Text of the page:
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Mahanain

Today we went to Mahanain, the poorest community we will be visiting on this trip. This community has no water, no electricity, and no actual bathrooms.

On the drive there, there was an awful smell, due to the nearby shrimp factory. Despite this unwelcoming stench, the community was very inviting.

I had the opportunity to talk with an elderly woman, named Julianna, and two young girls. Before we sat down and chatted, she made sure to brush off the chair well. I saw this and appreciated the fact that though she had little, she wanted to make sure that what she did have was in tip-top shape.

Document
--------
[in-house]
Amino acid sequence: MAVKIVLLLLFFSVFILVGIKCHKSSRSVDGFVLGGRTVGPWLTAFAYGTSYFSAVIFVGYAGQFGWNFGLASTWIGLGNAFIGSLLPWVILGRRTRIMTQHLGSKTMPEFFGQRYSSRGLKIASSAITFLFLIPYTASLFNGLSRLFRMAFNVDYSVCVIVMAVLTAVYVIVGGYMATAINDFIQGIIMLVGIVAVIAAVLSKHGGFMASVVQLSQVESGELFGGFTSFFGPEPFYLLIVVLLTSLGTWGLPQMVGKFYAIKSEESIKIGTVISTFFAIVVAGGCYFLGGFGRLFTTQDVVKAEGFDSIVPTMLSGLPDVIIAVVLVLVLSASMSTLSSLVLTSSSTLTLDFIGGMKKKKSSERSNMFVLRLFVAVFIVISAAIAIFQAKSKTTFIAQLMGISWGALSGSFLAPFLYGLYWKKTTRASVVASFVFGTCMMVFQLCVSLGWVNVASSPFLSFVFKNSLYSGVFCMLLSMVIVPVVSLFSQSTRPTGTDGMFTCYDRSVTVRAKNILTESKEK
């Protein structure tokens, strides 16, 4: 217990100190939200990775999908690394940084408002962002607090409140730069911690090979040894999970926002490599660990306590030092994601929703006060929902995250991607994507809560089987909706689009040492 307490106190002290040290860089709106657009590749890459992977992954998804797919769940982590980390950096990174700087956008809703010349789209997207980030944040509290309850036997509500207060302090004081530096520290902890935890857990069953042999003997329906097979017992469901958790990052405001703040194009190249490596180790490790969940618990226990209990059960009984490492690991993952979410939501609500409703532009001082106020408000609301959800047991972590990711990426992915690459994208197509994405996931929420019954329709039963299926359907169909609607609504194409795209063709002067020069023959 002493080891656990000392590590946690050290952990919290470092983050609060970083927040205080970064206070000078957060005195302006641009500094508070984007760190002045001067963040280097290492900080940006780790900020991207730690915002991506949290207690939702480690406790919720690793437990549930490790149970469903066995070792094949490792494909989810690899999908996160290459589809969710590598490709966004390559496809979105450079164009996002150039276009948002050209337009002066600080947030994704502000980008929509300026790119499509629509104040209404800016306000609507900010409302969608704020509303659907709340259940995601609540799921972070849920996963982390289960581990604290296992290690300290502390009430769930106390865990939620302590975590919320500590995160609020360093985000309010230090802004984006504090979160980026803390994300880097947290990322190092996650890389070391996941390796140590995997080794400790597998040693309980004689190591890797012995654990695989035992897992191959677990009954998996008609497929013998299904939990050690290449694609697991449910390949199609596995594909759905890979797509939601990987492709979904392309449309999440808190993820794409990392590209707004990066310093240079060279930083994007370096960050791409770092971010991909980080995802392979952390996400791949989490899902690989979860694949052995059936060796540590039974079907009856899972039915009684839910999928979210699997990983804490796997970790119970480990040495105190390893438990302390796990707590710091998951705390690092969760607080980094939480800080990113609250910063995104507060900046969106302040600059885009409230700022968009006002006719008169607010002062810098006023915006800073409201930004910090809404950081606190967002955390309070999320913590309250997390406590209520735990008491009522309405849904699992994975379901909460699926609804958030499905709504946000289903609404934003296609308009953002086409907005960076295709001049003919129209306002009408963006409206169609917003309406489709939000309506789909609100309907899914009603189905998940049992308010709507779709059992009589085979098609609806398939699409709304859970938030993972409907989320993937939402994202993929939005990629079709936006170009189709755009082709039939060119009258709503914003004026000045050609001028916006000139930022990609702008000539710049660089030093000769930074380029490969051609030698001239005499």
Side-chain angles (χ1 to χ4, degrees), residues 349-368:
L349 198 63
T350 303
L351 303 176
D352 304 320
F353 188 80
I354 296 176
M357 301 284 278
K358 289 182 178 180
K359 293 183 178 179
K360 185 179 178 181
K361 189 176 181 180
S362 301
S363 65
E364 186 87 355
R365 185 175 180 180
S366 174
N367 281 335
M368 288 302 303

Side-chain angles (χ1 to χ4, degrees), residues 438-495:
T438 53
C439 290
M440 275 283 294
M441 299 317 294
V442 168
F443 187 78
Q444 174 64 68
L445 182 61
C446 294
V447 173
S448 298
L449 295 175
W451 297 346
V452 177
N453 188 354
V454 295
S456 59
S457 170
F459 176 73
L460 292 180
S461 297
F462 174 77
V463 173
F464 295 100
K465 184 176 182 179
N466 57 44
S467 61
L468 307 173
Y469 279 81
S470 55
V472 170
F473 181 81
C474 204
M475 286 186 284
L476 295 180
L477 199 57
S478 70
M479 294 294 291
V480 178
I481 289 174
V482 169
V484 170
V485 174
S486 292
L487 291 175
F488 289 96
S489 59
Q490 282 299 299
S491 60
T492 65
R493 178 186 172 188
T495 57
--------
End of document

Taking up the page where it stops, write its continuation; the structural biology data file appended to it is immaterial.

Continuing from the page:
After chatting, we had a church service and I was able to share my testimony. I told this group of strangers something about myself that I haven’t even told some of my best friends. I really felt like the Lord wanted me to share this part of story, not for me but for the community.

It is common down here for the Nicaraguans to think that Americans are well off and have no struggles like theirs, but my struggles are quite similar to theirs. 

While telling my story, I started tearing up. These weren’t tears of sadness, but tears of revelation. I realized that if I hadn’t gone through the struggles I shared, I wouldn’t have been able to relate to this community. And by sharing this hard time in my life, and being more able to relate, I feel like I was better able to serve. 

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